Food waste in the Supply Chain
What is food waste?
Food waste are fully edible foods and beverages that are likely to be destroyed / thrown away! There may be products with issues such as:
surplus, canceled orders, crowded stock, short best before date, damaged packaging, wrong labeling on packaging, fruit & vegetables that do not meet industry standards regarding size, shape, maturity or appearance of the skin. It may be a new flavor on the market that fails, campaigns or seasonal products that does not get sold and so on.
Either way, it is always about safe and fully eatable foods! Never garbage!
What drives food waste in the food industry
There are simple, cheap and well established ways of destroying food, whether it is edible or not. It costs companies just as much per sale hour to sell a first-class batch of food at full price, as organizing sales of second-hand parties or donations. Companies are also very protective of their brands and costumer promise, and do not want anything but perfection to reach the market. They also don't want the risk of cannibalization on their own market. There are many and strong reasons to keep on throwing away eatable food. The positive thing is that We can help companies to get around this.
Definition of food waste
Let's bury the idea that food waste is about bad, unsafe, possible rotten food that only is fit for biogas production. - It's a word associated with wrong the values. We have to separate food waste from garbage. The definition of food waste is
Fully edible foods that for some reason are risking being destroyed.
In addition, it could even be better foods because they may have a higher degree of maturity and therefore are packed of flavor, nutrition and provide a higher taste experience, but at the same time they are more sensitive to handling and have shorter shelf life, which can result in the choice of throwing it away. If the batch of food is partly damaged or rotten on a pallet, then everything is thrown away, because companies does not have the routine or capacity to sort the bad from the good.
Food waste is one of our times biggest challenges. It affects our entire ecosystem and contributes to huge economic losses as well as being a substantial contributor to global climate change and unnecessary negative environmental impact. Not to mention unfair allocation of resources.
Global data indicates that 1/3 of all we grow and produce becomes waste and that 60-80 % of this occurs before Retail. That means there are huge amounts of edible foods that never reach the consumer-oriented market. At the same time, it is said that we need to produce more food to feed the world's population. We say that with low-hanging fruit we can increase the proportion of food on the market only by streamlining trades and that's exactly what we are part of, - making surplus food available in a cost-effective manner. Together we can provide the world more food - without using more water, pesticides, fertilizers, transport and storing or using more land and sea!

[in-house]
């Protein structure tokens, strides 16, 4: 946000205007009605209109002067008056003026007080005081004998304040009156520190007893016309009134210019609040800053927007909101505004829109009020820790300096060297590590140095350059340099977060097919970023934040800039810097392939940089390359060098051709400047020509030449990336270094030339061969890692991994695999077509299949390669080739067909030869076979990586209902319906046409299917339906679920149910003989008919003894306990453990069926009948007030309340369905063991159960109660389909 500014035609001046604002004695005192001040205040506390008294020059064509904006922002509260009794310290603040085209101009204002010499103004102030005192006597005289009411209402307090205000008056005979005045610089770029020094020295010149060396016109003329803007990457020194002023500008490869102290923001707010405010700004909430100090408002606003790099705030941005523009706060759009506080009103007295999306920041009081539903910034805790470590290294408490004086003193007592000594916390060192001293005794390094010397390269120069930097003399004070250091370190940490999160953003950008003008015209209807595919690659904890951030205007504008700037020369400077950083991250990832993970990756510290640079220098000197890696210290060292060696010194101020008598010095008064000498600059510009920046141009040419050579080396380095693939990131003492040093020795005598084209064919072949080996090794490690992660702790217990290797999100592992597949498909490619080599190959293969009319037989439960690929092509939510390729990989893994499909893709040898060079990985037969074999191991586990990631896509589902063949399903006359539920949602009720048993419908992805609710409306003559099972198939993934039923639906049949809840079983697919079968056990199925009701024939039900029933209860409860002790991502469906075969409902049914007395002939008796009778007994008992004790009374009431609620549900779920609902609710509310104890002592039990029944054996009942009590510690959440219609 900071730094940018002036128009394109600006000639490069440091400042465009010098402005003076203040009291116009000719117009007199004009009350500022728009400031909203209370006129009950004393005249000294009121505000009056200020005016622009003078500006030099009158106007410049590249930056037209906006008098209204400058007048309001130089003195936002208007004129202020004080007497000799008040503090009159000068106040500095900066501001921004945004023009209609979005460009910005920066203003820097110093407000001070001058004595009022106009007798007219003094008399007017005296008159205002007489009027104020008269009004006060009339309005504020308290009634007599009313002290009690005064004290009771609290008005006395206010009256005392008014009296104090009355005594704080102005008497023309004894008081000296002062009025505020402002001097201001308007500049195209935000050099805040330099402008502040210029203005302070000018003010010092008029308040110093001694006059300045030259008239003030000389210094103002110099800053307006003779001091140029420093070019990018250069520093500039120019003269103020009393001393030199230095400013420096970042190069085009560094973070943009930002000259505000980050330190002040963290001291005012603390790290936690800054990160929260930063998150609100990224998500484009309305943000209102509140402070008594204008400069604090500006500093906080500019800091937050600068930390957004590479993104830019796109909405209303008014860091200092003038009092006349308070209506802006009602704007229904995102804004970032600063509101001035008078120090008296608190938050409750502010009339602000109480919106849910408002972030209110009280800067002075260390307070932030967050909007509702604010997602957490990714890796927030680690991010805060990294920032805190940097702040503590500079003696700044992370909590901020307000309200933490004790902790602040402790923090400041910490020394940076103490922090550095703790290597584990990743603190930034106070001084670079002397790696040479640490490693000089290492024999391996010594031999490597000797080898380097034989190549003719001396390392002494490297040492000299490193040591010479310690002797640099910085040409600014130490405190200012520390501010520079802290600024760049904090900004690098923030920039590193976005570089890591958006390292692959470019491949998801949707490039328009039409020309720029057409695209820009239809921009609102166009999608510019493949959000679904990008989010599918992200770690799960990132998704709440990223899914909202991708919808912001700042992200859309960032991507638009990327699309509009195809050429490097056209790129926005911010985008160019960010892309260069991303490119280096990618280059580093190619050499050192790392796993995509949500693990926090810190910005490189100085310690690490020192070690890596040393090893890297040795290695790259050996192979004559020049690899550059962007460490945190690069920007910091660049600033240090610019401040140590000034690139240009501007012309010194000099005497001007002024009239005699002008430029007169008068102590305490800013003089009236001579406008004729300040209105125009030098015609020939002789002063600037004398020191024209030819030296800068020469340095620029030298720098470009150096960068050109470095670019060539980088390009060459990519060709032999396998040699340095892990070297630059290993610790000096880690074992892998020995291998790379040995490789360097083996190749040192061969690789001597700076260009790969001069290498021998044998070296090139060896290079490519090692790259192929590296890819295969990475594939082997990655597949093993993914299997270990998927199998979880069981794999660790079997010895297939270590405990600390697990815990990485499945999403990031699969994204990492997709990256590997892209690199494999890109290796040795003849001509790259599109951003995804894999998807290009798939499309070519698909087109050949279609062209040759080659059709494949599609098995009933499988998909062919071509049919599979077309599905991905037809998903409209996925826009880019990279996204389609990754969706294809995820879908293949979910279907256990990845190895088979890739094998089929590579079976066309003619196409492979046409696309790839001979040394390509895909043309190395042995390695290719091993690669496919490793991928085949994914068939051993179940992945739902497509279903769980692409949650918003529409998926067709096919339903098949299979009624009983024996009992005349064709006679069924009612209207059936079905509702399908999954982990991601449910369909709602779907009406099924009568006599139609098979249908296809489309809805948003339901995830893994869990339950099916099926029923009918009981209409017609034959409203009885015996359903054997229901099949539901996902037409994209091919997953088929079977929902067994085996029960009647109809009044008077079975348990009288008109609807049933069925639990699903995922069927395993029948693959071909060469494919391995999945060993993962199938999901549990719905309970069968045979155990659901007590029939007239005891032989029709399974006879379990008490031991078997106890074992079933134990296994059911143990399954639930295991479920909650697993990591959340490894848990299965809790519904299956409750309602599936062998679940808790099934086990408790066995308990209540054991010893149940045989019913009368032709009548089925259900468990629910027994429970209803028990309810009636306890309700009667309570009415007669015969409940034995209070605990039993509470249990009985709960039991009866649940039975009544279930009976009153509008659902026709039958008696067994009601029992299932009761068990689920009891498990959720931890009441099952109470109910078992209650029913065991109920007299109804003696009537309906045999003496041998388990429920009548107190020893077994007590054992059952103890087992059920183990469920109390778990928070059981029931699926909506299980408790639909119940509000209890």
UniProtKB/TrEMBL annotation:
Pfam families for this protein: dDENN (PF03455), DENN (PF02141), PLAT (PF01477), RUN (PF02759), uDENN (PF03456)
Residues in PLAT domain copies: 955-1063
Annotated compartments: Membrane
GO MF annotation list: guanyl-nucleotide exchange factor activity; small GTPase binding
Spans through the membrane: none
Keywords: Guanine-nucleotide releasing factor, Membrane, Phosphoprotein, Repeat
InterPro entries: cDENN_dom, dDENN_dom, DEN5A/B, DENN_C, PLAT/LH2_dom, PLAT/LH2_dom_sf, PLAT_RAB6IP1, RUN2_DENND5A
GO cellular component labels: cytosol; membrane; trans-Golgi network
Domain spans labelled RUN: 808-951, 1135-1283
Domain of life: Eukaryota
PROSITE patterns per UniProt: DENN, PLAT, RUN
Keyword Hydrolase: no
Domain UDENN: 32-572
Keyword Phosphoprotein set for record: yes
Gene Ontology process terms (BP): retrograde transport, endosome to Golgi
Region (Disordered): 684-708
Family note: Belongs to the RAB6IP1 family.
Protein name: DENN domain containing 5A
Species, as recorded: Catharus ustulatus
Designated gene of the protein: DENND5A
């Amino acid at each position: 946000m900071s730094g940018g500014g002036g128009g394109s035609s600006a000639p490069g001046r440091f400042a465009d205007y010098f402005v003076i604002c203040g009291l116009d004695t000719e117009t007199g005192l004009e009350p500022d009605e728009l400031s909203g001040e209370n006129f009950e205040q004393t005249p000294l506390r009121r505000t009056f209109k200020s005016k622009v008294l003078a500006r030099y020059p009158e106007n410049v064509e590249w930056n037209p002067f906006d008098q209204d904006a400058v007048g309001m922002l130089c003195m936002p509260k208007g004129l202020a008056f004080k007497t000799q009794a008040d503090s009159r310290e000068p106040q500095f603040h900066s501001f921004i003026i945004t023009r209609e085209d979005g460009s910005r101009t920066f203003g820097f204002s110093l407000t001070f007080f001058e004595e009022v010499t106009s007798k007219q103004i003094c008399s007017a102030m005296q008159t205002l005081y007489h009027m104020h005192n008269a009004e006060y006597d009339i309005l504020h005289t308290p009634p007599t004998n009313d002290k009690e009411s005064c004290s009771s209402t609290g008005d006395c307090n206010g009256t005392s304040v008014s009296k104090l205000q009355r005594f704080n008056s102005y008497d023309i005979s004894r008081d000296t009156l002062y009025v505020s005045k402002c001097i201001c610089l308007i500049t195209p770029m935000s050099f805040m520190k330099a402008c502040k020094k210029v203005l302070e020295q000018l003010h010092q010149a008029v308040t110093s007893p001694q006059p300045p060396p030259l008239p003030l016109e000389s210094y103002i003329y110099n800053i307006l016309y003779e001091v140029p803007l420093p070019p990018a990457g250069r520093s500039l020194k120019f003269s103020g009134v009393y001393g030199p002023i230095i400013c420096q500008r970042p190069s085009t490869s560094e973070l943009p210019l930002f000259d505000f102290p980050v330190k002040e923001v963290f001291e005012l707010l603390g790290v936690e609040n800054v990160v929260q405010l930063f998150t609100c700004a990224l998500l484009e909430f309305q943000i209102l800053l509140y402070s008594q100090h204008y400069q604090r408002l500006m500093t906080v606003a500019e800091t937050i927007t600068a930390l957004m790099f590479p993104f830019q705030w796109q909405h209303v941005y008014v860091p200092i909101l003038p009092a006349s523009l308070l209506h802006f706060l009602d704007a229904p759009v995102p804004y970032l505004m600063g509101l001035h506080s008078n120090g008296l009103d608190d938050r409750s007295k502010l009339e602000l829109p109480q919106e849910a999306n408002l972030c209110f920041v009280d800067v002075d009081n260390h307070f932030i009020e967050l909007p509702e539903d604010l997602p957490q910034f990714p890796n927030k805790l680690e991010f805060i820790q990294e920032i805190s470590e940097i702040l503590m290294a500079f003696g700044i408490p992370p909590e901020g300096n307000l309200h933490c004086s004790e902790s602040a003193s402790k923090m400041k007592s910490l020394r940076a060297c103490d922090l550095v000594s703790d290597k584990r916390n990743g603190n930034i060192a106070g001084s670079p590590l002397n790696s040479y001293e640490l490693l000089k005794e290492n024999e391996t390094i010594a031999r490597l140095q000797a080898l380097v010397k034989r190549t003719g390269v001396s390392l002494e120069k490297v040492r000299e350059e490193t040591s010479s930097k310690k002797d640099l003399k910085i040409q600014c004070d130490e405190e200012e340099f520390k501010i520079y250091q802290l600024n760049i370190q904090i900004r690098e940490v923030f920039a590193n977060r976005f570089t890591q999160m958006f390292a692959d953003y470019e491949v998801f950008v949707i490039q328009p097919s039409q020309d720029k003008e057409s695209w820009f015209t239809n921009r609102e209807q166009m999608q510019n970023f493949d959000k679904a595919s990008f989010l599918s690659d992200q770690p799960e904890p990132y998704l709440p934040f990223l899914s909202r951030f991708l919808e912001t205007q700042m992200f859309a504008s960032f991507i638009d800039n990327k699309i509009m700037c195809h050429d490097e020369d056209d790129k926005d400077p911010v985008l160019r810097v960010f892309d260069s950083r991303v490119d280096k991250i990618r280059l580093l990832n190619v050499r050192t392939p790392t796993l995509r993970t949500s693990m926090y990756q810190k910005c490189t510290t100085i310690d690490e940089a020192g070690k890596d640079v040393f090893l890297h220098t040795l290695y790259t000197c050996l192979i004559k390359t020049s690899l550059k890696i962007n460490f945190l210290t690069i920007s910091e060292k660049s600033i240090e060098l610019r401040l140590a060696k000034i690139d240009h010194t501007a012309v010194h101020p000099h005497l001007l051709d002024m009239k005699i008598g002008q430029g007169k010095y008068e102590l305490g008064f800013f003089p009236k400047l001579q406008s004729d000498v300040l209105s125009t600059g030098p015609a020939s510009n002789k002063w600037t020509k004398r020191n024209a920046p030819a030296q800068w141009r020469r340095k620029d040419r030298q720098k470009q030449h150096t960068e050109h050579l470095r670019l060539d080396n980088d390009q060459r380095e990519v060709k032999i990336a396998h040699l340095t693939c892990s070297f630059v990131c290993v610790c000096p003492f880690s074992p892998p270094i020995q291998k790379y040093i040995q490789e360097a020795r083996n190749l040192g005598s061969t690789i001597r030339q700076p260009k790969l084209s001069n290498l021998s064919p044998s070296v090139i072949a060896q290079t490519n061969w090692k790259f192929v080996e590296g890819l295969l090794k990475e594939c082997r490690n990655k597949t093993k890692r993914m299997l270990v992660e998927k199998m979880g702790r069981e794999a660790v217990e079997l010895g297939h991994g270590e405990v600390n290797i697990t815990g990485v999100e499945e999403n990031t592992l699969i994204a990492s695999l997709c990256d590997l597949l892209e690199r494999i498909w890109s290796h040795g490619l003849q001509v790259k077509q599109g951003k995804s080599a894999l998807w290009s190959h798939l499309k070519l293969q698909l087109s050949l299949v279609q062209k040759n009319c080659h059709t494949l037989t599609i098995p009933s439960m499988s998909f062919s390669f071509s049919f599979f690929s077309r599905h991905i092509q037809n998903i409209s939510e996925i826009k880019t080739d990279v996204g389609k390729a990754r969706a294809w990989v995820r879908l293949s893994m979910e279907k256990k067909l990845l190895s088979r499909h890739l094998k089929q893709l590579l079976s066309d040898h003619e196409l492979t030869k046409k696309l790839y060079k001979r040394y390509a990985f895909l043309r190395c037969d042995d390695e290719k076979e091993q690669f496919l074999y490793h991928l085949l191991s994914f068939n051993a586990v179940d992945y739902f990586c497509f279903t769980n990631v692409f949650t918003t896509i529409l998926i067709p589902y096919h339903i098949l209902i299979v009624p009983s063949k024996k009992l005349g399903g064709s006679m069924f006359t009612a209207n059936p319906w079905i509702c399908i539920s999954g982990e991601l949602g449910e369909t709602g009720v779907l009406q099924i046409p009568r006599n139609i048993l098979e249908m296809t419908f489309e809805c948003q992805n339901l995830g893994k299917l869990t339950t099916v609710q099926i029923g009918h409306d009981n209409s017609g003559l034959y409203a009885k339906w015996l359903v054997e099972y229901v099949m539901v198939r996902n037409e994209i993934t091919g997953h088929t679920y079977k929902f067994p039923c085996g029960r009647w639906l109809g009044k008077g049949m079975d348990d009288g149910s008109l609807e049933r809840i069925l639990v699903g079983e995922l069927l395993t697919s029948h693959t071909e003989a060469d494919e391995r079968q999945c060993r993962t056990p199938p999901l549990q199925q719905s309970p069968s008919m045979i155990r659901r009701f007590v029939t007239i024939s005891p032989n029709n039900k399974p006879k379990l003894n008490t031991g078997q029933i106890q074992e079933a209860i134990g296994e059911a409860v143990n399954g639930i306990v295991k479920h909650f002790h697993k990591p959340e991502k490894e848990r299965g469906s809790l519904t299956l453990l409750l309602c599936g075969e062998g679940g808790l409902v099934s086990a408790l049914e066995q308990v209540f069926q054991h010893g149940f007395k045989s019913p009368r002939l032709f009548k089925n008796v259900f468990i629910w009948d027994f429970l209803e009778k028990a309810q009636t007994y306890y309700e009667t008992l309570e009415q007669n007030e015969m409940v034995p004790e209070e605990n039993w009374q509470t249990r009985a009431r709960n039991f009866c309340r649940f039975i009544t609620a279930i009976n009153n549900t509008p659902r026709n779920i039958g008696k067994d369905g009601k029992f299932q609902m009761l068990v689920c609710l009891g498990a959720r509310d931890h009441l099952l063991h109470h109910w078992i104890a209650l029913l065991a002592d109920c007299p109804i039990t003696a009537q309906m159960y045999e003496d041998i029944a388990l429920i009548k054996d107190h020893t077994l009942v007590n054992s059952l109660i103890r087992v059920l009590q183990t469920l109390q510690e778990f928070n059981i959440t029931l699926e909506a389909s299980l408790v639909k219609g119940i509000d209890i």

Regulations of Best Before Date
It is important to distinguish between the labeling of due dates of food. Best Before Date VS Last Consumption Date. Best Before is a quality guarantee from the producer, which can be set relatively arbitrarily and only guarantees that the food has not changed significantly in either taste, fragrance or consistency from production day until Best Before Date.
However, it is fully legal to sell, donate and consume these foods after passed Best Before Date, if it can be considered fully edible. However, has the Best Before been passed with considerable time, local food inspectors may consider it to no longer be appropriate as food, so it still ha limits. Foods should not be remarked with new Best Before Date, on existing or new packaging.
Last Consumption Day is a whole different type of labeling, which is mainly used for fresh foods with increased risk, such as fresh minced meat, fresh poultry and fish. Here the rules are crystal clear and mean that the food is not legal to be sold, donated or cooked after this date. The only way to rescue a product close to passed expiry date is to freeze it - not later than the same day as the Last Consumption Day, and to add a label on the packaging that the food is frozen and must be cooked the same day as it is defrosted. Read more on the Swedish Food and Drug Administration's website on Best Before Date and Last Consumption Day here.
We focus on solutions and opportunities
We are focusing on finding solutions and seeing opportunities together with our customers.
The key to reduce food waste is to:
- Measure the waste
- Define what is edible and what is actually garbage
- Change processes that today generate large amounts of waste
- Start trading with these surplus batches
Foodloopz contributes to reduced costs for sales and donations of surplus food through our digital marketplace, and we also work in collaborations with other actors and companies to change processes or find tailor made solutions.